Hybrid work and green movement drive Singapore office market
Savills Research asserted that whilst vacancy rates are rising, office rents remain resilient amidst evolving business landscape.
Hybrid work and the green movement have emerged as powerful forces shaping Singapore’s office market, as revealed in a recent report by Savills Research. The same study showed that despite increasingly challenging business conditions, rents in the Lion City’s office market have remained steadfast, defying expectations.
Ashley Swan, head of the Commercial Department at Savills Singapore, pointed out that this resilience can be attributed to a confluence of macro trends that are transforming the landscape of commercial real estate.
In an interview he gave to the Singapore Business Review, underscores one of the key trends influencing the market: the paradigm shift towards hybrid work models. In light of this transition, businesses are reassessing their spatial requirements and seeking innovative solutions to accommodate future growth within their existing spaces, he said.
“Occupiers are dealing with a whole new way of working. The hybrid thing that we've been talking about for quite some time is one of those macro trends that is really taking an impact on the market,” Swan explained.
This new way of working is influencing occupiers’ decisions on the type of space they need and how they can adapt to accommodate future growth.
Furthermore, the green movement has gained significant traction, driving both tenant preferences and market dynamics.
“More and more companies are looking at factors such as ESG and wellness to influence their real estate decisions,” Swan said. Environmental sustainability and employee well-being have become paramount considerations for businesses, extending beyond cost factors, he added.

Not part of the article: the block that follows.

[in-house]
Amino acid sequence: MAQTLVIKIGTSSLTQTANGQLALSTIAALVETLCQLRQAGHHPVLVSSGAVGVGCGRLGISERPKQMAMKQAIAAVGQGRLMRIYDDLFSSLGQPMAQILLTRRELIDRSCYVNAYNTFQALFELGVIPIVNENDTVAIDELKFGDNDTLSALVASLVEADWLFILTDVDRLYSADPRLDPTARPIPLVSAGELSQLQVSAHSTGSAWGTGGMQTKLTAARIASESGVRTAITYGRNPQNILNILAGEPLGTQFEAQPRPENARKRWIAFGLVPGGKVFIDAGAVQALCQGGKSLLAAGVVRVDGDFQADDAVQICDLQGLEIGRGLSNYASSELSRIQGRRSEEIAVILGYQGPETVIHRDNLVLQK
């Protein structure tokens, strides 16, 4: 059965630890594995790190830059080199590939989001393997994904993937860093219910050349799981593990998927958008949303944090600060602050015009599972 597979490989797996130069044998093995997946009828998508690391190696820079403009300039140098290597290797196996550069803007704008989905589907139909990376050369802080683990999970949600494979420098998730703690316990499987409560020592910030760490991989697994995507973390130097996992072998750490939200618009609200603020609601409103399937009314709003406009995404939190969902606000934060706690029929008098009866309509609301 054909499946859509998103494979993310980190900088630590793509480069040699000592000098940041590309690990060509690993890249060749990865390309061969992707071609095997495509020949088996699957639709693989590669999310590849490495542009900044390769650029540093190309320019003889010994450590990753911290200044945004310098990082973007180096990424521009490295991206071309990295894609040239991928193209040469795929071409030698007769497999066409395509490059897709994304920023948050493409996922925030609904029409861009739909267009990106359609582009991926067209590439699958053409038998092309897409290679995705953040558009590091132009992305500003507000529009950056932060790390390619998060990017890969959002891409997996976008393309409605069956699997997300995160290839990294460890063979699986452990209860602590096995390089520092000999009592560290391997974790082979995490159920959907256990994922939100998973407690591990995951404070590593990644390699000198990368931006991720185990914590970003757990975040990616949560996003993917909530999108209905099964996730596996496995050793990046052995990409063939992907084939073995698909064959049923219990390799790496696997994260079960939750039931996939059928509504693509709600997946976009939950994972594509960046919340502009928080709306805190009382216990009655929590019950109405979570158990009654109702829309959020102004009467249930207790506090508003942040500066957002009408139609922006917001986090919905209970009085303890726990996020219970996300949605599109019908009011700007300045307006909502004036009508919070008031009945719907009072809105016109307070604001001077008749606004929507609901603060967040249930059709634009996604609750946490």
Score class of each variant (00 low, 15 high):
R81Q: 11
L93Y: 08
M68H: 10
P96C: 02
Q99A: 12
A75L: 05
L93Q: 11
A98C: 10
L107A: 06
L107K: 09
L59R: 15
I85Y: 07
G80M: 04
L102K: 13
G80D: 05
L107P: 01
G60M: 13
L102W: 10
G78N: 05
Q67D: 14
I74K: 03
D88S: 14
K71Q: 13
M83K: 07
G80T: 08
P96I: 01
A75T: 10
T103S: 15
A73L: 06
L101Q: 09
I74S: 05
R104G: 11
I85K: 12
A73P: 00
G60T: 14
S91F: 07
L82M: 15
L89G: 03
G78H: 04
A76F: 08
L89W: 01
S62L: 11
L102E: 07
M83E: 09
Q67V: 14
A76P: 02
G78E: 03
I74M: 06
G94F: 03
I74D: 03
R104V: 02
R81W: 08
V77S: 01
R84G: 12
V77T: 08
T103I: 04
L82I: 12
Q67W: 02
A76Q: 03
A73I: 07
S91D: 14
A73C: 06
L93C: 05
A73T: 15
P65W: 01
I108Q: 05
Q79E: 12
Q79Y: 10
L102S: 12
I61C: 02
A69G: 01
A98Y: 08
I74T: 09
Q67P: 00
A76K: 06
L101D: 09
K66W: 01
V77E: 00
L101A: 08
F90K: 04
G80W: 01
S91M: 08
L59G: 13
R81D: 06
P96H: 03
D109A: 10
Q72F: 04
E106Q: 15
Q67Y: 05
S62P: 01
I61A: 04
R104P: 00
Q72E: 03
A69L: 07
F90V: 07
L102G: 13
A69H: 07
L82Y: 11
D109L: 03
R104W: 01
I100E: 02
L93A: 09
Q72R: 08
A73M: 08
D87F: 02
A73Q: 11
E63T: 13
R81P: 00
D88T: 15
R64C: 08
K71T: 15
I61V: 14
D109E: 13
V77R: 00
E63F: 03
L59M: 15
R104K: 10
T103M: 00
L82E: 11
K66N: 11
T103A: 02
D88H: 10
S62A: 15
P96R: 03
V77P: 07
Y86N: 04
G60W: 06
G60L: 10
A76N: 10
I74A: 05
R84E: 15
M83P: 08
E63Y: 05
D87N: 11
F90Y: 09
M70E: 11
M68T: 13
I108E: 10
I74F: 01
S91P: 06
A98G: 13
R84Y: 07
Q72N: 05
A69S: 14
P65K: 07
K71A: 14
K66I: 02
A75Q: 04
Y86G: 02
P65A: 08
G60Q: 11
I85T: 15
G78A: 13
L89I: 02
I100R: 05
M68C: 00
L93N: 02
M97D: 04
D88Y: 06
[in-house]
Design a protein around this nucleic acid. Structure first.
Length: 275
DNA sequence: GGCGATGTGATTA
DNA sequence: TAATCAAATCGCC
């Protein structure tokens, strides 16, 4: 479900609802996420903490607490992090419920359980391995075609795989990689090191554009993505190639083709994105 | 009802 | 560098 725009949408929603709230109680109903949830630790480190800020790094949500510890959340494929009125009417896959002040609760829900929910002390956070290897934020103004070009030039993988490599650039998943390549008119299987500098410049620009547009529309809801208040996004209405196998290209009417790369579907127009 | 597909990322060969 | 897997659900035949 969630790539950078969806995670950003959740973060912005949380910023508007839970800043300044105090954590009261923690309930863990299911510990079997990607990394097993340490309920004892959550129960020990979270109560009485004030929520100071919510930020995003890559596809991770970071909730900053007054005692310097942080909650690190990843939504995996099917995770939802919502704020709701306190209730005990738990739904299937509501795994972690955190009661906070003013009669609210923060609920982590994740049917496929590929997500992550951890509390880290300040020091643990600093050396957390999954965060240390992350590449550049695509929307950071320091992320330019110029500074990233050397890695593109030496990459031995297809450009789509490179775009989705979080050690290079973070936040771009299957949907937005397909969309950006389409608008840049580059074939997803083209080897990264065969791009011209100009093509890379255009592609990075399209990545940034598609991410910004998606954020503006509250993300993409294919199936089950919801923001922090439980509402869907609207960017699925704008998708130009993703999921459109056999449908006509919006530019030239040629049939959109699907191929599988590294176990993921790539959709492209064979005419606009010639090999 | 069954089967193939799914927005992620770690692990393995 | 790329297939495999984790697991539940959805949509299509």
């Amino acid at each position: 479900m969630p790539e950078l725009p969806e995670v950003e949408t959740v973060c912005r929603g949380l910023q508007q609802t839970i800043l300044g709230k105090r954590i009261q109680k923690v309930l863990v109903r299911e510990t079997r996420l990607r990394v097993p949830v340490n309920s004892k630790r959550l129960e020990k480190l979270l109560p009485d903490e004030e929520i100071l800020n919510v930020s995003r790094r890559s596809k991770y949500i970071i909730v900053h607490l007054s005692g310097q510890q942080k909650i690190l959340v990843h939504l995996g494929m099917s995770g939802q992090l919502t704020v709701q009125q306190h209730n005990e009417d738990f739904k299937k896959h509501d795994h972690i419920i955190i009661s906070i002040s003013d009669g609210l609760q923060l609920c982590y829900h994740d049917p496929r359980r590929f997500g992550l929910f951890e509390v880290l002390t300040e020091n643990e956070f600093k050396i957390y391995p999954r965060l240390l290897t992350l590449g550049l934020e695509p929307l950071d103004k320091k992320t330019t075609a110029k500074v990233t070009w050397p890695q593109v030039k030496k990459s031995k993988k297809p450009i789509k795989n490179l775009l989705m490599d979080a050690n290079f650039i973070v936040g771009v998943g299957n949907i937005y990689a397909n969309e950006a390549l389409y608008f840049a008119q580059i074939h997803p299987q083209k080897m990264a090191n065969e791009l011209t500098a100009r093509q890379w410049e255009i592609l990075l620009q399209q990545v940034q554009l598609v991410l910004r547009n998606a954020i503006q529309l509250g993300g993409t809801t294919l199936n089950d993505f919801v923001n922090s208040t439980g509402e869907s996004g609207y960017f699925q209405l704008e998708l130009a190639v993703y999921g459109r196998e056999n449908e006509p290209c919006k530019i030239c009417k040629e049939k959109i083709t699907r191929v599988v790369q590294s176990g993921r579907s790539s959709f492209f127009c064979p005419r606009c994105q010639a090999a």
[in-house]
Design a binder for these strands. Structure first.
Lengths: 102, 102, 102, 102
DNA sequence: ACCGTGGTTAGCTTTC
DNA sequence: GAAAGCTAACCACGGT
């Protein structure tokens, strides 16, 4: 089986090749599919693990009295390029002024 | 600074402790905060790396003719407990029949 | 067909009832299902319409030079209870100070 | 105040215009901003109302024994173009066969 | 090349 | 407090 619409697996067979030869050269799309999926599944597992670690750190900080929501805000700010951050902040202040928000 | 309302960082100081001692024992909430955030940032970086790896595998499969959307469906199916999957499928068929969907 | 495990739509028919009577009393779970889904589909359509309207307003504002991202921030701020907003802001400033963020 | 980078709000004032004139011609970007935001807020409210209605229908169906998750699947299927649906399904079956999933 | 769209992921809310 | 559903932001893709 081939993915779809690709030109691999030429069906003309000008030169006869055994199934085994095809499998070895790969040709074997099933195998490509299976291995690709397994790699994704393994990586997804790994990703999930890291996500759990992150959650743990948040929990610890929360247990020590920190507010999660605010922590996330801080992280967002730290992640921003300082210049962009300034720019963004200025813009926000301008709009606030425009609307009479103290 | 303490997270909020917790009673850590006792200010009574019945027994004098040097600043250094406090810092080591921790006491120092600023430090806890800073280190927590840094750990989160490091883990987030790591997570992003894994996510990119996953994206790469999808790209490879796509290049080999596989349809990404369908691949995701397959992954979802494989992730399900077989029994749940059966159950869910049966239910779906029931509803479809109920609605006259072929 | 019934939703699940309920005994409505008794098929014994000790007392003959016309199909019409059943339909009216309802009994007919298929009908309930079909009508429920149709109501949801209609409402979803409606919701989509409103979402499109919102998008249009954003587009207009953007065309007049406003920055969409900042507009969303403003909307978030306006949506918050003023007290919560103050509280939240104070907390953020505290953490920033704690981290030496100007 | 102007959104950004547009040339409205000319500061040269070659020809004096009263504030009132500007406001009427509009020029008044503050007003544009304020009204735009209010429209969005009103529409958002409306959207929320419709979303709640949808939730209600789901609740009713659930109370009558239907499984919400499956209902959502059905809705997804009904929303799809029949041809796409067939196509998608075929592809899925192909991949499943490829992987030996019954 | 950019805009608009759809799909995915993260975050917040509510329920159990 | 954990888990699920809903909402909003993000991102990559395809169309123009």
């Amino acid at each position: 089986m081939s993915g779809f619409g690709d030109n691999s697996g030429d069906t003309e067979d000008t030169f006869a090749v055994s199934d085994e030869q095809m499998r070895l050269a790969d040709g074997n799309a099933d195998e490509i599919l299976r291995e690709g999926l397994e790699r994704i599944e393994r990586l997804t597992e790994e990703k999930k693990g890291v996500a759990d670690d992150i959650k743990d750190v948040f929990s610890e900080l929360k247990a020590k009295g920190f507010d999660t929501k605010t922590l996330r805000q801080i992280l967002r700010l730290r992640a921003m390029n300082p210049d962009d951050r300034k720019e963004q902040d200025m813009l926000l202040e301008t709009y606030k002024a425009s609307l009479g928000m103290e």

“It’s not just about rent and how much the budget is. It’s about whether a building provides sustainability and the amenities that our staff want as well,” he explained.
Whilst the market experiences a rise in vacancy rates, it remains buoyed by resilient rental prices. “The increase in vacancy is really a function of the increased amount of shadow space entering the market, as well as a large proportion of tenants giving up some level of space in the face of growing uncertainty and the normalization of some form of hybrid working,” said Swan.
However, this rise in vacancies has not significantly impacted landlords' rental numbers, as they maintain high occupancy rates.
Swan said the lack of future supply in the Central Business District “has contributed to the resilience of rents.” Also, the scarcity of available space in the CBD has enhanced the stability of rental prices.
Looking ahead, Swan identified potential factors that could influence rents and vacancies in the long run. “If demand drops off over a sustained period, then you can bet that the rents will go down, especially if future supply starts to go up,” Swan told the Singapore Business Review.
Conversely, an upswing in space demand or the removal of older buildings from the market could help alleviate vacancy rates.
At present, Swan anticipates the green movement to be a significant factor driving future demand, potentially pushing up rents and reducing vacancies.
As Singapore’s office market navigates through these transformative macro trends, it showcases remarkable resilience in the face of evolving work models and ESG considerations, he said.
He predicted that the ability of the market to adapt to these changes and address occupier needs will shape its trajectory moving forward.
With hybrid work and the green movement at the forefront, the expert from Savills sees Singapore’s office market continuing to prove its resilience, laying a solid foundation for the future of commercial real estate in the city-state.